Launching on PC in March but in development for Switch and other consoles,is a frenetic mafioso shooter with a great sense of humour and hand-drawn visuals. From developer Crazy Monkey, it moves the original story on 15 years, setting the scene for mob shenanigans against a WWII backdrop with online and local co-op (on the PC version). Maybe see it on the Switch later in the year!

Using a ridiculous arsenal of weapons, players can blast their way through across the levels with a new weapon wheel and full 360° aiming. That combined with improved mobility of good old Vinnie lets players easily shoot everything that moves.

Note, while there isn't a Switch logo on the game's site it is mentioned in the press release, so rest assured Switch owners will be able to fight Nazis, zombies and aliens all in the one game! 

Yesterday Origins sets up for a future Switch launch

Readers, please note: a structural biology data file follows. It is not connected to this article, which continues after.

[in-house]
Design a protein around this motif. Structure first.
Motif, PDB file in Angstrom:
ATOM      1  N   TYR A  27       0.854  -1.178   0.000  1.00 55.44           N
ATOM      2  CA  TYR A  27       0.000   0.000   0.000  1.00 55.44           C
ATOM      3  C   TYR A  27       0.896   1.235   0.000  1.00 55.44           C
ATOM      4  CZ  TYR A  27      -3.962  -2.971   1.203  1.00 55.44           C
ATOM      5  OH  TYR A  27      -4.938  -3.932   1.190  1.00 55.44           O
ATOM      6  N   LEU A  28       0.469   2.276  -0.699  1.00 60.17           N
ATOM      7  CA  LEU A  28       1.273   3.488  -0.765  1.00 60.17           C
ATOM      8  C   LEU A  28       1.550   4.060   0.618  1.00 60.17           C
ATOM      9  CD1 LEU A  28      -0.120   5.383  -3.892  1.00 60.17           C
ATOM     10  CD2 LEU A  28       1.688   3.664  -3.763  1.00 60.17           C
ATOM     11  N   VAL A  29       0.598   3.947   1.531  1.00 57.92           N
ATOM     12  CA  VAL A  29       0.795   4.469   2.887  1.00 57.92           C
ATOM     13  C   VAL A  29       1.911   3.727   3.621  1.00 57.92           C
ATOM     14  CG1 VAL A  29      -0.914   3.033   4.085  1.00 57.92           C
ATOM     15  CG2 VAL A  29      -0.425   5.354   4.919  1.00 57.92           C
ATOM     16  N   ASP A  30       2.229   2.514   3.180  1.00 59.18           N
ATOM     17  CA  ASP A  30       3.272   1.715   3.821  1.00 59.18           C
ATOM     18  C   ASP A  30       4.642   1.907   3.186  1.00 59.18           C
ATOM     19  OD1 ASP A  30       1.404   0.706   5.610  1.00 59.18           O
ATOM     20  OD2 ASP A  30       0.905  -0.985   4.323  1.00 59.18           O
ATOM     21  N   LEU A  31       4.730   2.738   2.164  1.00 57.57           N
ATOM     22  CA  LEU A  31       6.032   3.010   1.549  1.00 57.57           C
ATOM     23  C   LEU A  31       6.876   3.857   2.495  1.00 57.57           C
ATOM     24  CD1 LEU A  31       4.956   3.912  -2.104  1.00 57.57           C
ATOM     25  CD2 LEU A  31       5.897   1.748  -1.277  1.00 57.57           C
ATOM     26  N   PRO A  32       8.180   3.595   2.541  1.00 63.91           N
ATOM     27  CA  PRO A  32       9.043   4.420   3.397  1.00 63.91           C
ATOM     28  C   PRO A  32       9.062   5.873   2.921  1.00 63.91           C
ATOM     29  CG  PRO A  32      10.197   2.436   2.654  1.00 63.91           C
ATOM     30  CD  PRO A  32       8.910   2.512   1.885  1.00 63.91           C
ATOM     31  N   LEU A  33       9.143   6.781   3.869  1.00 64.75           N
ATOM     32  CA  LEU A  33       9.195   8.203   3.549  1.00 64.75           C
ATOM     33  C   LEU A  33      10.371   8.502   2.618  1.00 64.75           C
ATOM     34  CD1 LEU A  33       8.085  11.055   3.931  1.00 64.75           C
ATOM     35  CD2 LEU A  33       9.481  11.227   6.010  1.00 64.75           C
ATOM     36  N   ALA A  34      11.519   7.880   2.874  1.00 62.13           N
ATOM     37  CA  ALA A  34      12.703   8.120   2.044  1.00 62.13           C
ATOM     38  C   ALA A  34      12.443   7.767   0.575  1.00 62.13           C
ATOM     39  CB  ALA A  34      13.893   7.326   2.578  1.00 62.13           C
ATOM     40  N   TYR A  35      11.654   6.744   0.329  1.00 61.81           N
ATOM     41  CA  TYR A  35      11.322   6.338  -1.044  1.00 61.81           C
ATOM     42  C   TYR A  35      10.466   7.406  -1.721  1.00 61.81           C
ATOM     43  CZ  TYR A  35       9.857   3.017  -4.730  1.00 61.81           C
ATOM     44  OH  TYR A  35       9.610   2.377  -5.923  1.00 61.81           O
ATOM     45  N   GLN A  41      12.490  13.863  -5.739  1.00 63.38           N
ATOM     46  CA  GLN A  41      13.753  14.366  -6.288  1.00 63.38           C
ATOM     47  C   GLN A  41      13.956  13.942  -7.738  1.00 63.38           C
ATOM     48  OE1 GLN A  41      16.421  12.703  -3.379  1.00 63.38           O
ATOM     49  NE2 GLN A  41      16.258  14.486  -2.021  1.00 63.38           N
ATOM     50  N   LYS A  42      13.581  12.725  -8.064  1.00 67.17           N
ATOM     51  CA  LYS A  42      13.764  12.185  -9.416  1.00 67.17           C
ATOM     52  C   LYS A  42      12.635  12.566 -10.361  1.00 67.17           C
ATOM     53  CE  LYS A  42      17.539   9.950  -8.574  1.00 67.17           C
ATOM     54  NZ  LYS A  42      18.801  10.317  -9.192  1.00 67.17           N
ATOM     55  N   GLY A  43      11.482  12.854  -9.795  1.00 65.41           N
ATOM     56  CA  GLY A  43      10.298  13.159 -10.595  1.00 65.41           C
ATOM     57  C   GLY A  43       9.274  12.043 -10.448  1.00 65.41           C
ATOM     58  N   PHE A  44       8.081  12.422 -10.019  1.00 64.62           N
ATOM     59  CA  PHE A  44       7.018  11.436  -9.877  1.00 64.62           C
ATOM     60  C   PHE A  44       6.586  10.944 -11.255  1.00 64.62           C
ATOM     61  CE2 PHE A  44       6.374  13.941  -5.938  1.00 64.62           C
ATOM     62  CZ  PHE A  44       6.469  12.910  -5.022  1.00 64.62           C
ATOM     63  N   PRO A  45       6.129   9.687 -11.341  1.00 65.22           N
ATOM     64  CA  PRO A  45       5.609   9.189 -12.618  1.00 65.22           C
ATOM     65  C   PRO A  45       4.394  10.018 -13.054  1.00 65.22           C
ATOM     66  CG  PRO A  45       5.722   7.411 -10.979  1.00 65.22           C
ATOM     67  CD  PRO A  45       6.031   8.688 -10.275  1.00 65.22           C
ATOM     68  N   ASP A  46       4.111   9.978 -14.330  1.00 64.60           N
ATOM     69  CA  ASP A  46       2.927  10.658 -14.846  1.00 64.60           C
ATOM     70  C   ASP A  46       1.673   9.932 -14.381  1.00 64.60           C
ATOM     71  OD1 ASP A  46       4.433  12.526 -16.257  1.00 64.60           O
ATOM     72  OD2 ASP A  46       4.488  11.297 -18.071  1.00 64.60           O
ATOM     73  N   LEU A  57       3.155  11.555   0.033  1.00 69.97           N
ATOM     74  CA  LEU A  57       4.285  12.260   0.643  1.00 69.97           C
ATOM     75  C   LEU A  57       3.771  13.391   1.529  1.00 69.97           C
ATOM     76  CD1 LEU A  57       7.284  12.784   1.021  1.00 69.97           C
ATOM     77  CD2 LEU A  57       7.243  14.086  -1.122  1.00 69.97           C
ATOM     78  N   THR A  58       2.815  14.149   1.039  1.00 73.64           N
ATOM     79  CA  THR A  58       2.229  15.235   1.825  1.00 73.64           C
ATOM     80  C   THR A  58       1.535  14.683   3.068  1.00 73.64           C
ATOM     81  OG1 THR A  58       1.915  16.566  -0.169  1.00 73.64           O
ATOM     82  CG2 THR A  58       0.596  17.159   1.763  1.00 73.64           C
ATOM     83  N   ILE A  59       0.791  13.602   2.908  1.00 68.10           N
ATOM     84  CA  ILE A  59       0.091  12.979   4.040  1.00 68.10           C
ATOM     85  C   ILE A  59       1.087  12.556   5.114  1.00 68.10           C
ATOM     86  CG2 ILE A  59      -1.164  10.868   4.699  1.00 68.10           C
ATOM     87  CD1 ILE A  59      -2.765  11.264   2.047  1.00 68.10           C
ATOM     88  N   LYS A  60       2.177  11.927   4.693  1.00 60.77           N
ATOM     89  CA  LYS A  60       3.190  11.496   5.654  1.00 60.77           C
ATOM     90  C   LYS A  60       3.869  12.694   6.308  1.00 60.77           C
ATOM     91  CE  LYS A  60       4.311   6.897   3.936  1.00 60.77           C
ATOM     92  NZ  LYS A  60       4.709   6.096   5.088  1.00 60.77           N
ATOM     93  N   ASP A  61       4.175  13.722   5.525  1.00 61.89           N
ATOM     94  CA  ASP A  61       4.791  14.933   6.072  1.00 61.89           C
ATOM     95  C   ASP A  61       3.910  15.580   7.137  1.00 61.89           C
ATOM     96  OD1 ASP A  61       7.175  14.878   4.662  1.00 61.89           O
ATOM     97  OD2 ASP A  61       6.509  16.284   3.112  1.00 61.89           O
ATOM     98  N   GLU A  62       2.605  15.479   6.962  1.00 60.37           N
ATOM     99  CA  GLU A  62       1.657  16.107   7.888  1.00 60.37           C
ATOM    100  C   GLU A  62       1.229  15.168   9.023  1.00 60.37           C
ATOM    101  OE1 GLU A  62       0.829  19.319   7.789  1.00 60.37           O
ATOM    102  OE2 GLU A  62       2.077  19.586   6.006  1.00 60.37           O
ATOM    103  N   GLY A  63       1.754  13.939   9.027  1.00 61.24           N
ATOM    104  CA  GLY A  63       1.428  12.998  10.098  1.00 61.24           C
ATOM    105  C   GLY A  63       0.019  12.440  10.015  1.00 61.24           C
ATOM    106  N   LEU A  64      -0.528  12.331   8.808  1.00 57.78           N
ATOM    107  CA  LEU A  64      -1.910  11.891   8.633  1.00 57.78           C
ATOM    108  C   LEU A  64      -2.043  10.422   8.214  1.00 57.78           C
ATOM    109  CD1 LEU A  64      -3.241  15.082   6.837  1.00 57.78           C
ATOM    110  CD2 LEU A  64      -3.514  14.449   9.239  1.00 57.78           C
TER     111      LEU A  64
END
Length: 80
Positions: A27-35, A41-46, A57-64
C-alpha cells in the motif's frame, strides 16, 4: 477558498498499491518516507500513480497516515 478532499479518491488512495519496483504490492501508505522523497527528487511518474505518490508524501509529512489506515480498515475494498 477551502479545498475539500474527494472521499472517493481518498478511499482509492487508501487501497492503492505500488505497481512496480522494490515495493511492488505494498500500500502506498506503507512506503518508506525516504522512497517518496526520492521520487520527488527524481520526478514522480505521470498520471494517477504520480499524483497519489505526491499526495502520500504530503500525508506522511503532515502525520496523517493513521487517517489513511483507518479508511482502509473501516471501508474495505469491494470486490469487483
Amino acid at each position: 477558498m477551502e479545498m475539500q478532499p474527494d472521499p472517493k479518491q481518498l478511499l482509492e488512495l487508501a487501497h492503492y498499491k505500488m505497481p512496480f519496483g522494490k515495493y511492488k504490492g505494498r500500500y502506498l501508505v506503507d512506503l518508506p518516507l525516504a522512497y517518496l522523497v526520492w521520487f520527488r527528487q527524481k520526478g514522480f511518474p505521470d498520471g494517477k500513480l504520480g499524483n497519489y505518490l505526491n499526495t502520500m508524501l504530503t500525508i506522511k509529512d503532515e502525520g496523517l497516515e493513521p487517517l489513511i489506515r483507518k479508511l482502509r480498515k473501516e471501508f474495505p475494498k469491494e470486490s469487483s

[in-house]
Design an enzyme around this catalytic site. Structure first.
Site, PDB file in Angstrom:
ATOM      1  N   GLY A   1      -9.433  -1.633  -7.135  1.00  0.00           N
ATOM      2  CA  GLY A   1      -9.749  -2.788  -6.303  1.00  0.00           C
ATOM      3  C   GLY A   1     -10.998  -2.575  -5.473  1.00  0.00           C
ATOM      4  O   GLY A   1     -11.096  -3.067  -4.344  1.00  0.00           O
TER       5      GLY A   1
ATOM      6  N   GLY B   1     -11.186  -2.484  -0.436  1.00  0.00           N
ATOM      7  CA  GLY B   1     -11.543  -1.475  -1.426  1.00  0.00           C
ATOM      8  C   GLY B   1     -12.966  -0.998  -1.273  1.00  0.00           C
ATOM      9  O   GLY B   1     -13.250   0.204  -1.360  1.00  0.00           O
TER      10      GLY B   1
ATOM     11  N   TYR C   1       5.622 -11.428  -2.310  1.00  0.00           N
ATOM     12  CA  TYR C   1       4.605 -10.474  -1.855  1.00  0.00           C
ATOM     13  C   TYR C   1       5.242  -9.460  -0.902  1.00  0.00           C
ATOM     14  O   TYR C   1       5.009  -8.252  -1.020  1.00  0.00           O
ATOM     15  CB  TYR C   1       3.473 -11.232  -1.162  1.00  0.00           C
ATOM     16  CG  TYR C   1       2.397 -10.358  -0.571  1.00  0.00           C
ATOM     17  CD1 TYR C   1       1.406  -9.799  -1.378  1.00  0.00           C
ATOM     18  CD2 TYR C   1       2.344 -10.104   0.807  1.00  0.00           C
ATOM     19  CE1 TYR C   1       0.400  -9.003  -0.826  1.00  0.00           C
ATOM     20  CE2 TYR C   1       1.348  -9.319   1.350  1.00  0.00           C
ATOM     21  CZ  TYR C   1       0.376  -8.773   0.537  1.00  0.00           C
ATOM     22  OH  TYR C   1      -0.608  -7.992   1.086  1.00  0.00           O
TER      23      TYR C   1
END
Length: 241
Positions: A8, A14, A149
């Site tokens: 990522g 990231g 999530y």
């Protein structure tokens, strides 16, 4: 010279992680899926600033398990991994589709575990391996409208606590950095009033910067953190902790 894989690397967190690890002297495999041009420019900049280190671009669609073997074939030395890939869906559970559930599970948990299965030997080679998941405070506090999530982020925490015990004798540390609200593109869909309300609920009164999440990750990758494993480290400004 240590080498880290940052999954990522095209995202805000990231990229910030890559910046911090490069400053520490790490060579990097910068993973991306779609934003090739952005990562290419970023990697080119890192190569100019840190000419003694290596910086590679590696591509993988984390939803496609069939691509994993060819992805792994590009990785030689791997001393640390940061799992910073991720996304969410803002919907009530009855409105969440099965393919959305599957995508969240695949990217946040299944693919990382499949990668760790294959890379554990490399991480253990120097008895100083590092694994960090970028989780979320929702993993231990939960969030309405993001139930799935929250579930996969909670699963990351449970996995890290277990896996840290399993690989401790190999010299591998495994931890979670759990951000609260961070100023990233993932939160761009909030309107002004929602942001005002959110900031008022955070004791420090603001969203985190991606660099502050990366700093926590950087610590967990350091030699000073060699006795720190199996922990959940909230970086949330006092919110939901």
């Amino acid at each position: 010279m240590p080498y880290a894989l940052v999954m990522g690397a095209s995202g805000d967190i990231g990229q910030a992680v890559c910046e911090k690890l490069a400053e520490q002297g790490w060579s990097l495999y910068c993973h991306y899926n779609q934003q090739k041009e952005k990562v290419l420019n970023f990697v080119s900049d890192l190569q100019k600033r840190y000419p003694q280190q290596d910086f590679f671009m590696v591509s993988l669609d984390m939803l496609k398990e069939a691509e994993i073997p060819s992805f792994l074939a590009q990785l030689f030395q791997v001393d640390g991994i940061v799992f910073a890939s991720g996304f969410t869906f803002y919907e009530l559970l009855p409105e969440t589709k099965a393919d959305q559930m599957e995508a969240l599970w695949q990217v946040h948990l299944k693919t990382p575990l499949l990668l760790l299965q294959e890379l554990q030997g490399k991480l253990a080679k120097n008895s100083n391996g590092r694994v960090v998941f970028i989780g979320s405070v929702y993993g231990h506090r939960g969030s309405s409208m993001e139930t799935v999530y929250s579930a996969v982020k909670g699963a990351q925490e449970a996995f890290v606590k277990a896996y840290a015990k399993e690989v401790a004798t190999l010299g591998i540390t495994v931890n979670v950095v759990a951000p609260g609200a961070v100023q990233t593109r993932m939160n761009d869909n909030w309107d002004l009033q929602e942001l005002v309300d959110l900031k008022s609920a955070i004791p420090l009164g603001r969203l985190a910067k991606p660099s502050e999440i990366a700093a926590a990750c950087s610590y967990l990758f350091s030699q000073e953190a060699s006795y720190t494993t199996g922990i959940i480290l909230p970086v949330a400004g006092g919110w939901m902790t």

Mature adventure Yesterday Origins from Pendulo Studios has been rated for the Switch, suggesting a near release for the grisly tale across time. The story started 500 years ago when a young John Yesterday was imprisoned for sorcery by the Spanish Inquisition. After escaping from his cell, he used alchemy to become immortal. One problem: every time he comes back to life, he has no memory of the past.

During the present day, John lives a quiet life with his immortal partner Pauline Petit, in Paris, where they run an antique store. Together, they leave on a quest to find a special artifact that will allow him to repeat the alchemical ritual so he never loses his memory again.

Solve puzzles and immerse yourself in a challenging quest full of unexpected turns! Discover an original visual style and story, touched by the unique offbeat humor that helped Pendulo Studios' success!

Runner3 now with Nintendo for QA

Choice Provision's Runner 3, the latest in one of the brightest series of mobile games is headed to the Switch with development done and the game with Nintendo for testing. The curious lead figure has starred in a string of games across multiple formats, but his latest rainbow-farting effort looks by far the most imaginative and entertaining. Release soon!